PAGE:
Minor Planet (32890) Schwob = 1994 AL1
Discovered 1994 January 8 by
Carolyn S. Shoemaker and David H. Levy at Palomar.
As the result of an extraordinarily gracious request by their discoverers,
asteroid 32890 is named "Schwob" by the IAU's MPC on 28 September 2004.
Named in honor of Pierre Schwob (b.1946), a software engineer
whose eclectic interests bring together studies in cosmology and in
comets. Dividing his interest between the Kavli Institute for Particle
Astrophysics and Cosmology, and the Jarnac Comet Survey, Schwob
also manages to find time for his writings on classical music,
pocket calculators, and chess.
Facsimile of the IAU's Minor Planet Center
Circular No. 52770, dated 2004 Sept. 28
Discovered 1994 January 8 by
C. S. Shoemaker and D. H. Levy at Palomar
Thank you David, Wendee, and Carolyn!
My family and I will be eternally grateful.
Named in honor of Pierre Schwob (b.1946), a software engineer whose eclectic interests bring together studies in cosmology and in comets. Dividing his interest between the Kavli Institute for Particle Astrophysics and Cosmology, and the Jarnac Comet Survey, Schwob also manages to find time for his writings on classical music, pocket calculators, and chess.
Source: neo.jpl.nasa.gov - See the definitions below
|Epoch (MJD)||2456399.5 (2013-Apr-17.00 )|
|a = Semi-major Axis Distance (A)||1.882559945333079 AU|
|e = Eccentricity (EC)||.16677303571014|
|i = Inclination (IN)||28.56608664498119 deg|
|Ω = Longitude of the Ascending Node (OM)||101.1854650502225 deg|
|q = Perihelion Distance (QR)||1.568599708343566 AU|
|w = Argument of Perihelion (W)||54.0452390366029 deg|
|Q = Aphelion Distance (ADIST)||2.196520182322591 AU|
|M = Mean Anomaly (L)||151.6330626 deg|
|P = Orbital Period (PER)||2.58304 y|
|n = Mean Motion (N)||.381575815 deg/d|
|RotPer = Rotation Period||7.93 hours|
|H = Absolute Magnitude (H)||15.5|
|G = Magnitude Slope parameter (G)||0.150|
|Est. diameter (with typical albedo of 0.05 to 0.25)||2.016 to 4.508 km (1.253 to 2.801 miles)|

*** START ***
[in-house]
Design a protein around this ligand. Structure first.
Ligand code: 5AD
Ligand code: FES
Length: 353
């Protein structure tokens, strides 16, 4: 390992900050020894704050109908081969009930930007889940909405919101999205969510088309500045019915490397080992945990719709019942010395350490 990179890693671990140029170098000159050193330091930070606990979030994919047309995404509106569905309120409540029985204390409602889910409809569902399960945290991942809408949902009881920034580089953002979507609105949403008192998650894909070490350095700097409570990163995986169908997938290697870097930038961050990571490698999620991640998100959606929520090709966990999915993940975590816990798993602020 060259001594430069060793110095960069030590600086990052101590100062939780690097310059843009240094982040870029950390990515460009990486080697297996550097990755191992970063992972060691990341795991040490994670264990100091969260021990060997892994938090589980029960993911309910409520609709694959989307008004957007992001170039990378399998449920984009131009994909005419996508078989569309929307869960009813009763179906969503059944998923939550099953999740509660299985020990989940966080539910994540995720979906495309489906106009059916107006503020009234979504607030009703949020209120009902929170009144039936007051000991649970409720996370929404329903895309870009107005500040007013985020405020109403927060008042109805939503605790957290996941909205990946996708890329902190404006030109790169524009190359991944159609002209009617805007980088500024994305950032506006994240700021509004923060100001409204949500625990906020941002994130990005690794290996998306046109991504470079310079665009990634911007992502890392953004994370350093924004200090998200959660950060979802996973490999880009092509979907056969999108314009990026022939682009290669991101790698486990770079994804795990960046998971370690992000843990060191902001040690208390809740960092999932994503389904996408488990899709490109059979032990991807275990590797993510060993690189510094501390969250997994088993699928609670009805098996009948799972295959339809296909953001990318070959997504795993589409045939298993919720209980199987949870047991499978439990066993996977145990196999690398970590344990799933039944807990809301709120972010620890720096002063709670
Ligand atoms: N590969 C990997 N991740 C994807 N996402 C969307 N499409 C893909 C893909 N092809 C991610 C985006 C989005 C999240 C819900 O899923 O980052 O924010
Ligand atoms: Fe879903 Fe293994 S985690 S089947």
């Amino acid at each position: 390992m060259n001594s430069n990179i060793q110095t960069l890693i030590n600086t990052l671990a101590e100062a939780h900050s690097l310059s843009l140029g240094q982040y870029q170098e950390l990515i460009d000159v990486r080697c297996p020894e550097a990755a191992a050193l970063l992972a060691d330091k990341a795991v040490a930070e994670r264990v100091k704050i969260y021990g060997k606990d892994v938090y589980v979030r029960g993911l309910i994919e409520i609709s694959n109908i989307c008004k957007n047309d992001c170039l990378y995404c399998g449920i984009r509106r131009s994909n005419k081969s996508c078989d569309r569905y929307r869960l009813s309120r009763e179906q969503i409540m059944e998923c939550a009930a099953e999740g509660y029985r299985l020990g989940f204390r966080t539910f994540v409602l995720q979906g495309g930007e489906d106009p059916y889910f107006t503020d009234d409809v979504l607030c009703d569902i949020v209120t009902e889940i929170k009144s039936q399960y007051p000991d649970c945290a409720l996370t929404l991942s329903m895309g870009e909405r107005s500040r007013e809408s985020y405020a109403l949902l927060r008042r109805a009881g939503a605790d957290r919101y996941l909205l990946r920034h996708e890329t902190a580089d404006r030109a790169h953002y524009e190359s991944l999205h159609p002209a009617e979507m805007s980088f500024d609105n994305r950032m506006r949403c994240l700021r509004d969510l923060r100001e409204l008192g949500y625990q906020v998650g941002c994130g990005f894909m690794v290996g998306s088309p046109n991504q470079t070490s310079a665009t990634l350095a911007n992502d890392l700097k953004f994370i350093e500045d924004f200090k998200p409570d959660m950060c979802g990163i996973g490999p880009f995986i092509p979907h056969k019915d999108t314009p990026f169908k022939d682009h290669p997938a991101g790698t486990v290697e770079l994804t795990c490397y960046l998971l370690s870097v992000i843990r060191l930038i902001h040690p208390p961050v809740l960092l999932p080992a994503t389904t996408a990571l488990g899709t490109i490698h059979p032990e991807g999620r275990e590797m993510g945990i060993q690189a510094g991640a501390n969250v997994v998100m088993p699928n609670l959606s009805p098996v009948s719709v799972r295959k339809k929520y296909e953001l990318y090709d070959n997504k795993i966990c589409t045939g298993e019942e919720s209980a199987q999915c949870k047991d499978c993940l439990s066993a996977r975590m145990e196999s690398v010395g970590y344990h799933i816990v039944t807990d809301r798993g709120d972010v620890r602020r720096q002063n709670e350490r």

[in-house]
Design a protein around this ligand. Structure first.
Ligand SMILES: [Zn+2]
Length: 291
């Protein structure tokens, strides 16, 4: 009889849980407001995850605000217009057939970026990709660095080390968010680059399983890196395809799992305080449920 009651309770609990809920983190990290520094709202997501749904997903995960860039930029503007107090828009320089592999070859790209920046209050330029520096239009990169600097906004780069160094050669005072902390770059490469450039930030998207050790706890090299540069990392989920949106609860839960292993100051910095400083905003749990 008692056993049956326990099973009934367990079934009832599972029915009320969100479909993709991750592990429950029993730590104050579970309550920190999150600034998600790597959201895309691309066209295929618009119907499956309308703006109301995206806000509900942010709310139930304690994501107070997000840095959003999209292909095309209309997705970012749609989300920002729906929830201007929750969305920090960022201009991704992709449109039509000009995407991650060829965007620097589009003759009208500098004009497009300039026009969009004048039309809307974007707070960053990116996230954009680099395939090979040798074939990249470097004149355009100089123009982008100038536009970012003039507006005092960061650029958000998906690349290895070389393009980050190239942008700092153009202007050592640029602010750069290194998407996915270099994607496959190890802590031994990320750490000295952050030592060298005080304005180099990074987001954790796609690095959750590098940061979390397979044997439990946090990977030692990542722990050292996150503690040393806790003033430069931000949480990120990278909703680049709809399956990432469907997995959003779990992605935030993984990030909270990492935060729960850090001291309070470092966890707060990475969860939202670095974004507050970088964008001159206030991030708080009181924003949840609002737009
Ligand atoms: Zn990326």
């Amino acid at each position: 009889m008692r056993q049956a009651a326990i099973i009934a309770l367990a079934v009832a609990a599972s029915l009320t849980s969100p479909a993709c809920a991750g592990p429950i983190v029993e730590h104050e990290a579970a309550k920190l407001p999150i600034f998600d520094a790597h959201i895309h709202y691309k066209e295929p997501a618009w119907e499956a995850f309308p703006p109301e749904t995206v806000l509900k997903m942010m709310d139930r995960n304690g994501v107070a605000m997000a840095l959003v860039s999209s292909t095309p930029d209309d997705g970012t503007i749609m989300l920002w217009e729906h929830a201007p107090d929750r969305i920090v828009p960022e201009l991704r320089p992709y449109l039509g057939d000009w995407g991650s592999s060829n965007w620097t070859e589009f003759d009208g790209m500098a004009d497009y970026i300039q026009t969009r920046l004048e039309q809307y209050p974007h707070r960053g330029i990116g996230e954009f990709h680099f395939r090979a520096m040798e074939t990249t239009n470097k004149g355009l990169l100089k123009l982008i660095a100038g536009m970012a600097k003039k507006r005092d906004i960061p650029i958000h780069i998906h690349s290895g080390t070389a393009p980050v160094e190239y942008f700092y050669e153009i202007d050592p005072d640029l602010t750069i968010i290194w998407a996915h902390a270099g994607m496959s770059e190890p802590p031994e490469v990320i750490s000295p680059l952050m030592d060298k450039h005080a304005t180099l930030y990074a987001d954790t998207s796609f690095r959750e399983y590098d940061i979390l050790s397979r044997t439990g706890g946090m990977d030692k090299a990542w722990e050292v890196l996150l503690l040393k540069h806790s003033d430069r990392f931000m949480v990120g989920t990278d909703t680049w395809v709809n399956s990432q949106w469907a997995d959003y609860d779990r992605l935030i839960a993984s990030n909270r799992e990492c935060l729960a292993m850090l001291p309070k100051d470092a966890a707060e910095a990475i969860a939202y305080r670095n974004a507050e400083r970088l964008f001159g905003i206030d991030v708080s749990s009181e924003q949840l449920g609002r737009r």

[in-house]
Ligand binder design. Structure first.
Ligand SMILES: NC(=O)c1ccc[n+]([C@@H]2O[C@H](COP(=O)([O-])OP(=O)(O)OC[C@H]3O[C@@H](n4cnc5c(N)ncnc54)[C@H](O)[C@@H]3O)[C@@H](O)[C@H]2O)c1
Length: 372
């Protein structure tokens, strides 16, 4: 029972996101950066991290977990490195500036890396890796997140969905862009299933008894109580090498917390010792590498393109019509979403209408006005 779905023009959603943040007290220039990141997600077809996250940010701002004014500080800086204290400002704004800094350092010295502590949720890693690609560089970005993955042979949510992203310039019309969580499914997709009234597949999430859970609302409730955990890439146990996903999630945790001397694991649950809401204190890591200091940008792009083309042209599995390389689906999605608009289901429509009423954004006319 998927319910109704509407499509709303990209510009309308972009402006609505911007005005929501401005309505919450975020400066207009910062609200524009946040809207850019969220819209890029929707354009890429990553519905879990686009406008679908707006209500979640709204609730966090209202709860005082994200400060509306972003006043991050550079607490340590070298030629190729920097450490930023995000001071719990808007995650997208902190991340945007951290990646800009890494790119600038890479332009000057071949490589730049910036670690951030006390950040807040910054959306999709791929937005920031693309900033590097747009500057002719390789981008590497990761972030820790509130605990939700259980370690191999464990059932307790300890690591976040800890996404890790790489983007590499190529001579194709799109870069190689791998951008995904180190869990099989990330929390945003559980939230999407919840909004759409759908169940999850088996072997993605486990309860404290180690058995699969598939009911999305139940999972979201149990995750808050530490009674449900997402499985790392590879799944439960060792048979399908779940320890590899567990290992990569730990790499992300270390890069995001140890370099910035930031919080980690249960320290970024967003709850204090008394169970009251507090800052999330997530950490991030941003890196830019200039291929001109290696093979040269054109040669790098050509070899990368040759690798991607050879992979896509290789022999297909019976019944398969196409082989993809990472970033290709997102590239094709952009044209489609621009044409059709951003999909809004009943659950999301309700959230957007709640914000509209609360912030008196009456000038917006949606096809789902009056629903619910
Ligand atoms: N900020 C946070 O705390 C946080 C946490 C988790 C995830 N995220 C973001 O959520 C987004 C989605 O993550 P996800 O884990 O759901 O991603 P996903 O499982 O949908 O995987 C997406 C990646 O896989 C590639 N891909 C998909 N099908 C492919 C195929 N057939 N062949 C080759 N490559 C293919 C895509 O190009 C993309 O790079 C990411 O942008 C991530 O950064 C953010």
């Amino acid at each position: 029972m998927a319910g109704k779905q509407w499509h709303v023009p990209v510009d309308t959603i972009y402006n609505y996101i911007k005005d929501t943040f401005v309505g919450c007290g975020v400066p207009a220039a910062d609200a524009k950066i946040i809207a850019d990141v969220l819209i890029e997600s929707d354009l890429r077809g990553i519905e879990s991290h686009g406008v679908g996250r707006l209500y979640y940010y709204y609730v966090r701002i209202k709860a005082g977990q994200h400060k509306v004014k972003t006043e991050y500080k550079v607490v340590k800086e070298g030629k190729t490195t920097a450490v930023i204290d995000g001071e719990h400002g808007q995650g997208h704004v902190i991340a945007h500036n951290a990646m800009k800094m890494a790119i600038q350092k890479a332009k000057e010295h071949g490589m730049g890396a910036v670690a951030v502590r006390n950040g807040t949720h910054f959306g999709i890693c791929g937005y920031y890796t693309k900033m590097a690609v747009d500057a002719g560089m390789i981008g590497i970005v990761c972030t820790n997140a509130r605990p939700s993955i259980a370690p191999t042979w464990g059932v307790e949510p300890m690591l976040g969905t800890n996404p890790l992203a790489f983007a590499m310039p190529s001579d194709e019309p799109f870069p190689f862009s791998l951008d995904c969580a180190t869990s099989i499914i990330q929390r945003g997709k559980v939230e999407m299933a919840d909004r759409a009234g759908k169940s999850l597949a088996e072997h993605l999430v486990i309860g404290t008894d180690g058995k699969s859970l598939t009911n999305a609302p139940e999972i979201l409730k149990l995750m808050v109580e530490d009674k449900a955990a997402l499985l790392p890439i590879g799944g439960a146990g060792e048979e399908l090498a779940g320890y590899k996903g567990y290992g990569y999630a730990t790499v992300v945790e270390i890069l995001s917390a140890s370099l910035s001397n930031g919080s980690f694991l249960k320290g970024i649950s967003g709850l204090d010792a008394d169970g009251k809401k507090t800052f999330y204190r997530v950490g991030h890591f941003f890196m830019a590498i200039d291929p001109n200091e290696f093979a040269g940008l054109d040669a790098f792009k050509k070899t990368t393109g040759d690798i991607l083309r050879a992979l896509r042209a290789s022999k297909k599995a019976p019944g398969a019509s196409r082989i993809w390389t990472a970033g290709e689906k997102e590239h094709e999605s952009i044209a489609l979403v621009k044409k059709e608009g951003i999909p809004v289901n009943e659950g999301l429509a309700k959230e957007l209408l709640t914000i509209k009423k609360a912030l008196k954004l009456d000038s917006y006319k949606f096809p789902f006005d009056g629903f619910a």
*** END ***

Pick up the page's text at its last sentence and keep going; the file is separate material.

A Few Definitions
Astronomical Unit (AU)
An Astronomical Unit is the mean distance between the Earth and the Sun. It is a derived constant and used to indicate distances within a solar system. The Earth orbits at a distance of 1 AU from the Sun.
Argument of Perihelion
The angle (in the body's orbit plane) between the ascending node line and perihelion measured in the direction of the body's orbit.
An orbital parameter describing the eccentricity of the orbit ellipse. Eccentricity e is the ratio of half the distance between the foci c to the semi-major axis a: e=c/a. For example, an orbit with e=0 is circular, e=1 is parabolic, and e between 0 and 1 is elliptic.
The angle between the vectors normal to the body's orbit plane and the specified reference plane. Typical reference planes are the ecliptic plane and the equatorial plane (referred to a specific epoch).
Longitude of Perihelion
The sum of the longitude of the ascending node and the argument of perihelion.
Longitude of the Ascending Node
The angle between the reference X-direction (typically the vernal equinox) and the point at which the body passes up (north) through the reference plane.
The product of an orbiting body's mean motion and time past perihelion passage.
The sum of the mean anomaly and the longitude of perihelion.
The angular speed required for a body to make one orbit around an ideal ellipse with a specific semi-major axis.
The time required for an object to make a complete revolution along its orbit. For example, the orbital period for a typical main-belt asteroid is about 4 years.
The distance between the orbiting body and the sun at its closest approach.
Half the length of the major axis of an orbit ellipse.
Time of Perihelion Passage
The time at which an object is at perihelion (its closest distance to the sun).